Dell gets a slap on the wrist for extending payment time to suppliers

Dell has had a rap on the knuckles, but this time it’s not from Greenpeace. Instead, the computer giant has been entered into a late payment Hall of Shame by the The Forum of Private Business.

The action occurred after the organisation found that Dell had extended the time it takes to pay suppliers by 15 days. It said it wrote to tell what it called its “valued” suppliers that it is “standardising” its payment terms from 50 to 65 days from 10 July, citing “current economic conditions” as the reason for the change.
 
The Forum has written to inform Dell it is being added to the Hall of Shame alongside other household names including Argos, United Biscuits and the brewer Carlsberg, all of which have been identified as poor payers.
 
The company has also been invited to sign up to the Prompt Payment Code, where signatories pledge to pay suppliers on time, give them clear guidance and encourage good practice throughout the supply chain.
 
The Forum said its research figures showed that almost one in five small firms (18 percent) said the problem of late payment and changes to payment terms and conditions has become worse. On average, 36 percent of respondents’ turnover is tied up in late payment at any one time.
 
Further research carried out by the Forum recently showed that 37 percent of late payers take between one and three months to pay invoices and, according to Bacs, more than £30 billion in outstanding payments is currently owed to small firms in the UK.
 
Under the Late Payment of Commercial Debts Act 1998, small businesses have a statutory right to interest, meaning they can in theory charge interest on late payments. However, few take advantage of this or are prepared to speak out publicly out of fears that large companies will simply take their business elsewhere.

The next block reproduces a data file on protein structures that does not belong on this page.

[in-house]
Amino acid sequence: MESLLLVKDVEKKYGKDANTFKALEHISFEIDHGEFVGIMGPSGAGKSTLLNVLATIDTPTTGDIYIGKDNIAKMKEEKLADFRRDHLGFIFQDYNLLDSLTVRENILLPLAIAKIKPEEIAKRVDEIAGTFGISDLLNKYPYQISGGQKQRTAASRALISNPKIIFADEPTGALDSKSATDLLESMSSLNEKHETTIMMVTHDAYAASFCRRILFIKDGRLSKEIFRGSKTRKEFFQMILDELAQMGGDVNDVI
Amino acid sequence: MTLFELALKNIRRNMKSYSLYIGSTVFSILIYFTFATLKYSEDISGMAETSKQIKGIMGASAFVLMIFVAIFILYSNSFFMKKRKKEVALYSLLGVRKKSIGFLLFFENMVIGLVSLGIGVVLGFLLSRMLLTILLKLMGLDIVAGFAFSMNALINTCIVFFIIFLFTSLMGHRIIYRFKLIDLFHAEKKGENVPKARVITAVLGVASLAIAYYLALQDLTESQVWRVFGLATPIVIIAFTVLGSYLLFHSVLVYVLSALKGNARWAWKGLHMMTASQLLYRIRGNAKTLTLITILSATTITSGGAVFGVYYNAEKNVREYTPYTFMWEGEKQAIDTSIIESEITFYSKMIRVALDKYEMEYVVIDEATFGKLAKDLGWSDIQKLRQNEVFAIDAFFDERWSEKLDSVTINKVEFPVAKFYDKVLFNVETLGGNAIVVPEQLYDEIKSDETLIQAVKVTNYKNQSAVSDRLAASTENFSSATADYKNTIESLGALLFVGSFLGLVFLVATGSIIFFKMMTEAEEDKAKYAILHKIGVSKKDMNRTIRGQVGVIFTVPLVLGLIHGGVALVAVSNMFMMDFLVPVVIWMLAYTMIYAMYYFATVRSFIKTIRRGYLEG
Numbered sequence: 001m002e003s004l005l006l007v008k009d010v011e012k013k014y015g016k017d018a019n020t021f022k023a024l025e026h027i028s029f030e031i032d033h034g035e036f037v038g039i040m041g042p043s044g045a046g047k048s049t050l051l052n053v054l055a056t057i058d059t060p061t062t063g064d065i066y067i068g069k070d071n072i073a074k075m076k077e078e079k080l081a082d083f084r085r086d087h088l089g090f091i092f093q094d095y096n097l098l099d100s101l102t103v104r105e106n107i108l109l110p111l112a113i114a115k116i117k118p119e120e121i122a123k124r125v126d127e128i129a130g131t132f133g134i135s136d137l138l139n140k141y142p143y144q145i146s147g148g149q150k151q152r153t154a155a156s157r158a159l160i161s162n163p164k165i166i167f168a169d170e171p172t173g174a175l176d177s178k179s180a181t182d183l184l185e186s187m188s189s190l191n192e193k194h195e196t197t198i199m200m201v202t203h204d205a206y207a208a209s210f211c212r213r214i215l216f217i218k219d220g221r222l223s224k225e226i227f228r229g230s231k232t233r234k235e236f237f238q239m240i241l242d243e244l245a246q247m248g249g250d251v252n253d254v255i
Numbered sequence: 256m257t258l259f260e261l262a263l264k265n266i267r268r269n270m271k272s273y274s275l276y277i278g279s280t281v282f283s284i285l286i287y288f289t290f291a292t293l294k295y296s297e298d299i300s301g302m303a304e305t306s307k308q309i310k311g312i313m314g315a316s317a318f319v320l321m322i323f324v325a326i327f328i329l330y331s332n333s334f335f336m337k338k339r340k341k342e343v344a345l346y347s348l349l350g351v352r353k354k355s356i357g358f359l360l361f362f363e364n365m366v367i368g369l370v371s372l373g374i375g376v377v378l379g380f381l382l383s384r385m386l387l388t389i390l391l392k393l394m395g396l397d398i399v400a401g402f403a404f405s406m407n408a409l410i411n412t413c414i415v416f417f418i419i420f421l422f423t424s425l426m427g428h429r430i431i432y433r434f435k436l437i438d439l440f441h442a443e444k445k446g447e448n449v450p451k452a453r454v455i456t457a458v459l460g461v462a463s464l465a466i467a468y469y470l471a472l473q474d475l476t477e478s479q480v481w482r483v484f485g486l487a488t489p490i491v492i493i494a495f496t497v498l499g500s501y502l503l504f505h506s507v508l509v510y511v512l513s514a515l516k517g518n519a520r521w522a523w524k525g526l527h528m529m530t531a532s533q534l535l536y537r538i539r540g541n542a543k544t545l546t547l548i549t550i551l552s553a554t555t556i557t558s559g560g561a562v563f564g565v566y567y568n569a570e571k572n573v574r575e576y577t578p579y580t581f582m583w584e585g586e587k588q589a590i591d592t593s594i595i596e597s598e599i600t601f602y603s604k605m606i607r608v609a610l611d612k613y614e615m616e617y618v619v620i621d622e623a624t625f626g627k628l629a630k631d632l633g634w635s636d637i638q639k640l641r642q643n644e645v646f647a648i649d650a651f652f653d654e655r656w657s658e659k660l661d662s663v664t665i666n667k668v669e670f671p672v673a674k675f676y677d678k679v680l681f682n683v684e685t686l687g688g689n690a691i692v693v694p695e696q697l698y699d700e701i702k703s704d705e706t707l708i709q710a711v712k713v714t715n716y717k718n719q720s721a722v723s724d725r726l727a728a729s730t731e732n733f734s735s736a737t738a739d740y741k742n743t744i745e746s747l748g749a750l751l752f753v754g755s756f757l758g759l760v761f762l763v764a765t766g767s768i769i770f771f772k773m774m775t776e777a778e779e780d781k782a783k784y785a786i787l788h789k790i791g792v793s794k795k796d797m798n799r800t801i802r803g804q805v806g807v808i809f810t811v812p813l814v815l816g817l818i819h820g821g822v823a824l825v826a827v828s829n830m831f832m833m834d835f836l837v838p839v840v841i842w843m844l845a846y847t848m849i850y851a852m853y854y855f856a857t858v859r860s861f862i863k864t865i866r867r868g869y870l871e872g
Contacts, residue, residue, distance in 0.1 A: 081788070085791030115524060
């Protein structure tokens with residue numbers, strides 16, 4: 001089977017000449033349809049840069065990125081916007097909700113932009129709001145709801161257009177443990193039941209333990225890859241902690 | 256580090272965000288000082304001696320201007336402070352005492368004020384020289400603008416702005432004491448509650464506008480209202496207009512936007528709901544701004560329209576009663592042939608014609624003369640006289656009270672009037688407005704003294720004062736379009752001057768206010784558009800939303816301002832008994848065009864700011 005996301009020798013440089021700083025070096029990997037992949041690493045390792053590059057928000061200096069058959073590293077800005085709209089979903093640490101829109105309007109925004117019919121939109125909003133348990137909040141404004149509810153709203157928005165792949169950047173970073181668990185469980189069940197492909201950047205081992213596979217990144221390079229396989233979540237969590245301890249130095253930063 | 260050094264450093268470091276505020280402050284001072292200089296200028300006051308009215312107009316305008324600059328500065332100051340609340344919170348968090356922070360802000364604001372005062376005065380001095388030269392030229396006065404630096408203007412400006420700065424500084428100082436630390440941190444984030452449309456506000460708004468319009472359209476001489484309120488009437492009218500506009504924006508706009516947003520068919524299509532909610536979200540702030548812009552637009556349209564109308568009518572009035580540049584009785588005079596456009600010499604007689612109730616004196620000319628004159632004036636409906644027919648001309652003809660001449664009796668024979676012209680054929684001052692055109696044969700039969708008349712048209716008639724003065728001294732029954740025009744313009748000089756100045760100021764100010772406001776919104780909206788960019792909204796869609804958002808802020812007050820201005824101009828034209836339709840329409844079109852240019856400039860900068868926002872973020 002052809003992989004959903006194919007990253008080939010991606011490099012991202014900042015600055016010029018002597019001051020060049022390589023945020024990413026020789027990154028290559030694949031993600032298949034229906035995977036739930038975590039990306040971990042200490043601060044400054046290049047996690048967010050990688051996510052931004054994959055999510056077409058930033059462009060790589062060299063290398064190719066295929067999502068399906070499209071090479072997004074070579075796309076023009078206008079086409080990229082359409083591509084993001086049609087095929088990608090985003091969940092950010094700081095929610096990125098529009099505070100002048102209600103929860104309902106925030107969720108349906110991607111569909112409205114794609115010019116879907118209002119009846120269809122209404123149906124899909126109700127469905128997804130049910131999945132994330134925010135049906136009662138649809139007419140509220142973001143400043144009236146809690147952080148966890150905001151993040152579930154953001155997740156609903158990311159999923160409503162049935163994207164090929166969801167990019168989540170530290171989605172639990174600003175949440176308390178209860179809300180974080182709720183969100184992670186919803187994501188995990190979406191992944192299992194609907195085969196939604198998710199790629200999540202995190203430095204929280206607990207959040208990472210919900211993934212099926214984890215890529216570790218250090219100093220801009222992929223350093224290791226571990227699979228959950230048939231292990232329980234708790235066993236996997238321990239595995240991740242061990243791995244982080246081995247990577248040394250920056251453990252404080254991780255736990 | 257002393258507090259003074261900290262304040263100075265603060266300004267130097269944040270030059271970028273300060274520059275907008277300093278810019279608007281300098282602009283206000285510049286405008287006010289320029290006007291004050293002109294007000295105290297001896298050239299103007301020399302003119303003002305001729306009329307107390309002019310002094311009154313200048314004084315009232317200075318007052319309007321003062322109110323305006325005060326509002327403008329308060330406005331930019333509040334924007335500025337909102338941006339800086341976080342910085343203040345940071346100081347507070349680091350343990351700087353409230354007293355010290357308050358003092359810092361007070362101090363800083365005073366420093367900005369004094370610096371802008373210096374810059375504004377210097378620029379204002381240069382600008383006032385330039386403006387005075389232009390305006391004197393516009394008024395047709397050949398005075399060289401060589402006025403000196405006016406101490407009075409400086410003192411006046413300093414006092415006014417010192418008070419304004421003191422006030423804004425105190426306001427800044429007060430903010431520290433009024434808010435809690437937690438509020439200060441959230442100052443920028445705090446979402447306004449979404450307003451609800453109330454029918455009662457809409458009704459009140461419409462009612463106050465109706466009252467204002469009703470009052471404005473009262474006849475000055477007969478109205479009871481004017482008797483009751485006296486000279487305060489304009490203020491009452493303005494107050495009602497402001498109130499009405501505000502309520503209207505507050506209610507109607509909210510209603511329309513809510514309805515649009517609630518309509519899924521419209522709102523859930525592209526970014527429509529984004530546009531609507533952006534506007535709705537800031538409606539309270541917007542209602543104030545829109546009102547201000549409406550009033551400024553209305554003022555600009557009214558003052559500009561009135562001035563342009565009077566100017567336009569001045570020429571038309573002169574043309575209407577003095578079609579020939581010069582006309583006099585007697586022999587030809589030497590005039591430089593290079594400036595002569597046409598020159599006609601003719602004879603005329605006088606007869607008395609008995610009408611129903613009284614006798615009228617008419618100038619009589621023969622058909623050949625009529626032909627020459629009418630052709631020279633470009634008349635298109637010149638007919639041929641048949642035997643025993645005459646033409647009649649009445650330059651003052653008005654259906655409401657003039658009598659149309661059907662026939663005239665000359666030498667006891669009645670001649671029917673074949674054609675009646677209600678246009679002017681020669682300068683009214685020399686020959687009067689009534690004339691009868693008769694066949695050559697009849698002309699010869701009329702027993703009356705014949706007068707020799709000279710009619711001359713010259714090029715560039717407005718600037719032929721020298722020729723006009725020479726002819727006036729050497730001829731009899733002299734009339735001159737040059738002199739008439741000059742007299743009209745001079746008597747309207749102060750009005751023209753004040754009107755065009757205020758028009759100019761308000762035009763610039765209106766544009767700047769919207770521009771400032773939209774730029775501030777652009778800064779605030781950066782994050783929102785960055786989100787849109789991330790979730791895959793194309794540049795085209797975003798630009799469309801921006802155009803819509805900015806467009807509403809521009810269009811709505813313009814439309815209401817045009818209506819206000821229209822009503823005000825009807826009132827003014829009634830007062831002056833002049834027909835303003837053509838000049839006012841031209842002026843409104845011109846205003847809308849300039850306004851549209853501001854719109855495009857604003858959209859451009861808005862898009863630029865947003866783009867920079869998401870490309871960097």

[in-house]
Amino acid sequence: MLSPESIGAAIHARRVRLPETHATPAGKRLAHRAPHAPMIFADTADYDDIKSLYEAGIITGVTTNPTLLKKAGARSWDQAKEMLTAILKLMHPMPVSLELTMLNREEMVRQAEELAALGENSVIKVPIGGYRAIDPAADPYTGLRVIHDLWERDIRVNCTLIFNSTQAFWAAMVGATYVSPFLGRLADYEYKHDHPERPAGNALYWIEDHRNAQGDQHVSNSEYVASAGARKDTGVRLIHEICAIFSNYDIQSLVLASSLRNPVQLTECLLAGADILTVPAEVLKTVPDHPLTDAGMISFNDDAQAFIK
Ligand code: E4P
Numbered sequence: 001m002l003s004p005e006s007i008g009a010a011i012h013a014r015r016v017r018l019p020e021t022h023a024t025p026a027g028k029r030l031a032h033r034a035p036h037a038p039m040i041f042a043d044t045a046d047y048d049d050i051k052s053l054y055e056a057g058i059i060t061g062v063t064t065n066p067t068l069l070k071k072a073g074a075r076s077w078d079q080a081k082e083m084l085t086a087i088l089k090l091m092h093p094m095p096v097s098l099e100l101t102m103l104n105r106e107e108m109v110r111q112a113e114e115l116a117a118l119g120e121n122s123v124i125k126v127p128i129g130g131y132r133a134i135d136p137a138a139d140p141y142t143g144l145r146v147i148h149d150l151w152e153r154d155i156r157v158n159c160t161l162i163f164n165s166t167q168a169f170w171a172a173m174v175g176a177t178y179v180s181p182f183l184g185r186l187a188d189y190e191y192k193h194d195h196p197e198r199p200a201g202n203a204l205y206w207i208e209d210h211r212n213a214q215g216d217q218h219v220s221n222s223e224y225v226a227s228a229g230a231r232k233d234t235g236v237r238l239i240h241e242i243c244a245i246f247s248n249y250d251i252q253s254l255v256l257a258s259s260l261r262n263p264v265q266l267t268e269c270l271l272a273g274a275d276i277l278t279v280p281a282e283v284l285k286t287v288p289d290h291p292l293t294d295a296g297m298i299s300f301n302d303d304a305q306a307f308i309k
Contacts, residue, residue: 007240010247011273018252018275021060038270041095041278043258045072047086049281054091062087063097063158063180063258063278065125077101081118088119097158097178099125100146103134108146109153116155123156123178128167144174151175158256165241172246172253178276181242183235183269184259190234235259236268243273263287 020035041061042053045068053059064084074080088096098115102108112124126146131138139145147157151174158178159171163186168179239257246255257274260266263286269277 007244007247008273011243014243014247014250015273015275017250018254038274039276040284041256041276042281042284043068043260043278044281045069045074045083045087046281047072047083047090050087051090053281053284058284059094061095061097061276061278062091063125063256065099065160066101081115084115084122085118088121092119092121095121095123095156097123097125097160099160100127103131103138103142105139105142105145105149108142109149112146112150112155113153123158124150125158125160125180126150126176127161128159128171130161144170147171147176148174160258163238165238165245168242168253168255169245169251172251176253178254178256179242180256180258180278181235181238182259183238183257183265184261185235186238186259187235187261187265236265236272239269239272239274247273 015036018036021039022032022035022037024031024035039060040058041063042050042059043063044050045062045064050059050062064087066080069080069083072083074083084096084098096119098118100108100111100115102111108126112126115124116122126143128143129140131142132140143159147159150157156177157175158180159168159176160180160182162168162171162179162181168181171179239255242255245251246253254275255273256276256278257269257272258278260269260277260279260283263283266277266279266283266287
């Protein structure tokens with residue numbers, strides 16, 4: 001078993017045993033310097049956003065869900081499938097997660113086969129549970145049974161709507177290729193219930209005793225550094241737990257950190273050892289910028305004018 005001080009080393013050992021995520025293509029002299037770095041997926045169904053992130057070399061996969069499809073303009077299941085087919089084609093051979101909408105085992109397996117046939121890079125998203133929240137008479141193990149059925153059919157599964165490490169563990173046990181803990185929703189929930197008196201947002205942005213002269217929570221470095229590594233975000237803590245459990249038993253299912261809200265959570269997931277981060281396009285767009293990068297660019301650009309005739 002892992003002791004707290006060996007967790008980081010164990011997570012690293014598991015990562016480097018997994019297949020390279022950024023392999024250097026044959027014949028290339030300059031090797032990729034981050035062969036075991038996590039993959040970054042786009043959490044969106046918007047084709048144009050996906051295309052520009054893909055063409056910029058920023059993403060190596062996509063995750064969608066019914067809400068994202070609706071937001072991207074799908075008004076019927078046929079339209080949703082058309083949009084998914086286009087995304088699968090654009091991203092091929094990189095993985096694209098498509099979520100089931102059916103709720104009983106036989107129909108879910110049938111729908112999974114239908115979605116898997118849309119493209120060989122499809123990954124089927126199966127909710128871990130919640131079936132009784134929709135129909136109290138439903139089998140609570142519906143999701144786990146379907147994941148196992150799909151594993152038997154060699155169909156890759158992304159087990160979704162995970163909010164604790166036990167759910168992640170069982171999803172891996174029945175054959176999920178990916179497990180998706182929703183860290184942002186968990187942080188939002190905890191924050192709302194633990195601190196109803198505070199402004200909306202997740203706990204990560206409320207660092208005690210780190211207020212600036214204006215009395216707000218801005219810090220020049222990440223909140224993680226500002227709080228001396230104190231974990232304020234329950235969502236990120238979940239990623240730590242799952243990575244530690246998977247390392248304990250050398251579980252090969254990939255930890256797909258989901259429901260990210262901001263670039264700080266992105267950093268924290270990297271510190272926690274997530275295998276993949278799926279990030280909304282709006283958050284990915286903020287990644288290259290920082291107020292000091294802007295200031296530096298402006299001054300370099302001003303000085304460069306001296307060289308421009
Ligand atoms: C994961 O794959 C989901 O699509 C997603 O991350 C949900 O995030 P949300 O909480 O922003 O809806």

Many larger companies take advantage of this culture of silence by imposing changes on their smaller suppliers’ terms and conditions, often mid-contract and with little warning, effectively sidestepping the redress provided by the late payment legislation.
 
One business owner who received Dell’s letter said: “As a ‘valued’ supplier of IT services to Dell I was dismayed to receive this notice via email regarding a change to their payment terms.
 
“Ironically, the reason for the change is apparently due to the current harsh economic climate.
 
“How is extending payment terms beyond the current draconian 50 days to 65 days going to help Dell’s legion of ‘valued’ SME suppliers, particularly when most of our suppliers demand 30 days net?”